Title

The Production, Analysis, and Applications of Graphene

Presenter Information

Clayton Craig

Department

Physics

Major

Physics and Applied Mathematics

Research Advisor

Story, J. Greg

Advisor's Department

Physics

Funding Source

Missouri S&T Advanced Physics Lab

Abstract

Graphene is a two-dimensional crystalline structure consisting of densely packed carbon atoms in a hexagonal pattern. Graphene is strong, nearly transparent, and is an excellent conductor of both heat and electricity. As such it has found many applications such as theoretical drug delivery systems and new transistors many times faster than modern silicone transistors. In 2010 Andre Geim and Konstantin Novoselov at the University of Manchester won the Nobel Prize in Physics for their work in graphene. Following their methods numerous samples of graphene were created using household sticky tape. In addition samples of reduced graphite oxide were created focusing intense light onto graphite oxide samples. This method produced large enough samples to create capacitors from.

Biography

Clayton is a Junior in Physics and Applied Mathematics with plans to graduate in May 2015. He intends to pursue a graduate degree in physics after graduation and perform research in the fields of nanomaterials and particle physics.

Research Category

Sciences

Presentation Type

Oral Presentation

Document Type

Presentation

Location

Carver Room

Presentation Date

16 Apr 2014, 10:30 am - 11:00 am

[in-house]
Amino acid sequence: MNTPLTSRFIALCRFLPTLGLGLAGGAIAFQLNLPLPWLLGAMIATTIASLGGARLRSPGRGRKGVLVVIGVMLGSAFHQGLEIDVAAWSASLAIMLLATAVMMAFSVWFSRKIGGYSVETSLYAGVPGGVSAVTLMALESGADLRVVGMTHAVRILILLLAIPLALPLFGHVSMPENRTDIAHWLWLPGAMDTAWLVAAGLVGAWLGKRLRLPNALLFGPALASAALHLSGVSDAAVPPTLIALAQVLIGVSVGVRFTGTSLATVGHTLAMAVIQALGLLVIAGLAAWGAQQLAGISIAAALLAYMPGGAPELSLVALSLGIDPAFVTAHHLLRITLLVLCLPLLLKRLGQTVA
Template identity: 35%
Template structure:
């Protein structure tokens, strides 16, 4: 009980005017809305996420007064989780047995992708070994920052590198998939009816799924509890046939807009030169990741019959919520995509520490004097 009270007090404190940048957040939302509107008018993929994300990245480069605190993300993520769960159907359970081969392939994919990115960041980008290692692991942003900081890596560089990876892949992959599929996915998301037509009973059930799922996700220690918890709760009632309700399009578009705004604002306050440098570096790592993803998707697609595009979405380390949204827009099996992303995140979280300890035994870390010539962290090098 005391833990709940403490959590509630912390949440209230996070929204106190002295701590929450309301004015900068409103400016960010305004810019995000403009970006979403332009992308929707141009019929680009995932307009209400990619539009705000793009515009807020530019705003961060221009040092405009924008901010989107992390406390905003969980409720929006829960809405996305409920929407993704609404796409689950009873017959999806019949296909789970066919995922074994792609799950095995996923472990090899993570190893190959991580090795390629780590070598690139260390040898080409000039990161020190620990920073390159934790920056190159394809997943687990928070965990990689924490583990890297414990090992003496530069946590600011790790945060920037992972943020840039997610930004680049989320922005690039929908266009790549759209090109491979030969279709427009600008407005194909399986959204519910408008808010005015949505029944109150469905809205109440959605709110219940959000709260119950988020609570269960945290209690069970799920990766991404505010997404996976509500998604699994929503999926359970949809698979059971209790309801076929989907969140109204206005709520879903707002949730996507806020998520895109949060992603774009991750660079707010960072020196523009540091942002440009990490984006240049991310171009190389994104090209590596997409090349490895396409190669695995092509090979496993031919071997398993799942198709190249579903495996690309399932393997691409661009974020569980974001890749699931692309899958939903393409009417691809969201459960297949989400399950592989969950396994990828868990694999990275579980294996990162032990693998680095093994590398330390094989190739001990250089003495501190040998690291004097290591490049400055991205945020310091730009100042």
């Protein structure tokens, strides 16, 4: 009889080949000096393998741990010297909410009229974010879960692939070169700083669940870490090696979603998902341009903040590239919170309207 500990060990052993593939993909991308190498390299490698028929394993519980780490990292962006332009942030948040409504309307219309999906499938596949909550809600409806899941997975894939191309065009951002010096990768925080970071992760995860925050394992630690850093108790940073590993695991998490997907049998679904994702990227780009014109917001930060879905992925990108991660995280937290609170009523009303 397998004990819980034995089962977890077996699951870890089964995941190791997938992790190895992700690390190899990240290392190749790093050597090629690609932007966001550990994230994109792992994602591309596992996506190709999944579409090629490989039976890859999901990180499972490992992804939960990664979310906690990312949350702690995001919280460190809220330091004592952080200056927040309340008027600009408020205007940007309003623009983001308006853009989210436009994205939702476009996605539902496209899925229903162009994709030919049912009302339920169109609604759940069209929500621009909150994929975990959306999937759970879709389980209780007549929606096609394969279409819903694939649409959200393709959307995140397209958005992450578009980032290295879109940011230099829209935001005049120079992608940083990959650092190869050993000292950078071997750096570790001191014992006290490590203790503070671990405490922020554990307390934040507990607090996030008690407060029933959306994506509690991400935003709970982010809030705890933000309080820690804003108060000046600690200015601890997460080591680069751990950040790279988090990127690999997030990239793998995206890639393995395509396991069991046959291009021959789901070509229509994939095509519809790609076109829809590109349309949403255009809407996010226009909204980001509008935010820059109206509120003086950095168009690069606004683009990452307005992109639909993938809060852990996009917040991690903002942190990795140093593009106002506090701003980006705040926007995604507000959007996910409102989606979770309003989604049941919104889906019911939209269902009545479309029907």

Comments

Join project with Giannino Lusicic, Alexander Mark

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Apr 16th, 10:30 AM Apr 16th, 11:00 AM

The Production, Analysis, and Applications of Graphene

Carver Room

Graphene is a two-dimensional crystalline structure consisting of densely packed carbon atoms in a hexagonal pattern. Graphene is strong, nearly transparent, and is an excellent conductor of both heat and electricity. As such it has found many applications such as theoretical drug delivery systems and new transistors many times faster than modern silicone transistors. In 2010 Andre Geim and Konstantin Novoselov at the University of Manchester won the Nobel Prize in Physics for their work in graphene. Following their methods numerous samples of graphene were created using household sticky tape. In addition samples of reduced graphite oxide were created focusing intense light onto graphite oxide samples. This method produced large enough samples to create capacitors from.